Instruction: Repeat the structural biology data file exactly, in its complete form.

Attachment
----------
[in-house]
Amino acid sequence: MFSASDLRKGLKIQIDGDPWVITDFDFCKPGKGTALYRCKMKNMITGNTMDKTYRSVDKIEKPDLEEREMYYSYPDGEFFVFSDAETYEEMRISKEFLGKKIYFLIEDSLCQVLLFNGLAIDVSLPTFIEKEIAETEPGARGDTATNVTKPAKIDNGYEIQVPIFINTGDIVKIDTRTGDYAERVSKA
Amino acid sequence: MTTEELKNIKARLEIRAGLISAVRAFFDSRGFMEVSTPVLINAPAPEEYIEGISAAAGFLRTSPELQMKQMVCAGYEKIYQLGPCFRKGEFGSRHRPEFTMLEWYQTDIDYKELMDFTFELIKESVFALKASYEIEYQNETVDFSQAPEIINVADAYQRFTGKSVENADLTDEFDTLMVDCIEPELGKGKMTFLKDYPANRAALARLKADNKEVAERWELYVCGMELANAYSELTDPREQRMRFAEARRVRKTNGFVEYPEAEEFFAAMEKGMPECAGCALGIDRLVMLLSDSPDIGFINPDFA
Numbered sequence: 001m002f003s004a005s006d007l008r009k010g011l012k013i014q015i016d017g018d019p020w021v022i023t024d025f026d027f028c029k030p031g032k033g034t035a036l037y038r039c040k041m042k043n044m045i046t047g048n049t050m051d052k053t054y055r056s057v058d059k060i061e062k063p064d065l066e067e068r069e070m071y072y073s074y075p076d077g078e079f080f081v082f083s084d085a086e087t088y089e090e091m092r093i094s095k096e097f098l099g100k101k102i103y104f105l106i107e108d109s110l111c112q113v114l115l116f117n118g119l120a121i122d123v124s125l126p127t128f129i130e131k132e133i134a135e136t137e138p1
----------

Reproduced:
[in-house]
Amino acid sequence: MFSASDLRKGLKIQIDGDPWVITDFDFCKPGKGTALYRCKMKNMITGNTMDKTYRSVDKIEKPDLEEREMYYSYPDGEFFVFSDAETYEEMRISKEFLGKKIYFLIEDSLCQVLLFNGLAIDVSLPTFIEKEIAETEPGARGDTATNVTKPAKIDNGYEIQVPIFINTGDIVKIDTRTGDYAERVSKA
Amino acid sequence: MTTEELKNIKARLEIRAGLISAVRAFFDSRGFMEVSTPVLINAPAPEEYIEGISAAAGFLRTSPELQMKQMVCAGYEKIYQLGPCFRKGEFGSRHRPEFTMLEWYQTDIDYKELMDFTFELIKESVFALKASYEIEYQNETVDFSQAPEIINVADAYQRFTGKSVENADLTDEFDTLMVDCIEPELGKGKMTFLKDYPANRAALARLKADNKEVAERWELYVCGMELANAYSELTDPREQRMRFAEARRVRKTNGFVEYPEAEEFFAAMEKGMPECAGCALGIDRLVMLLSDSPDIGFINPDFA
Numbered sequence: 001m002f003s004a005s006d007l008r009k010g011l012k013i014q015i016d017g018d019p020w021v022i023t024d025f026d027f028c029k030p031g032k033g034t035a036l037y038r039c040k041m042k043n044m045i046t047g048n049t050m051d052k053t054y055r056s057v058d059k060i061e062k063p064d065l066e067e068r069e070m071y072y073s074y075p076d077g078e079f080f081v082f083s084d085a086e087t088y089e090e091m092r093i094s095k096e097f098l099g100k101k102i103y104f105l106i107e108d109s110l111c112q113v114l115l116f117n118g119l120a121i122d123v124s125l126p127t128f129i130e131k132e133i134a135e136t137e138p1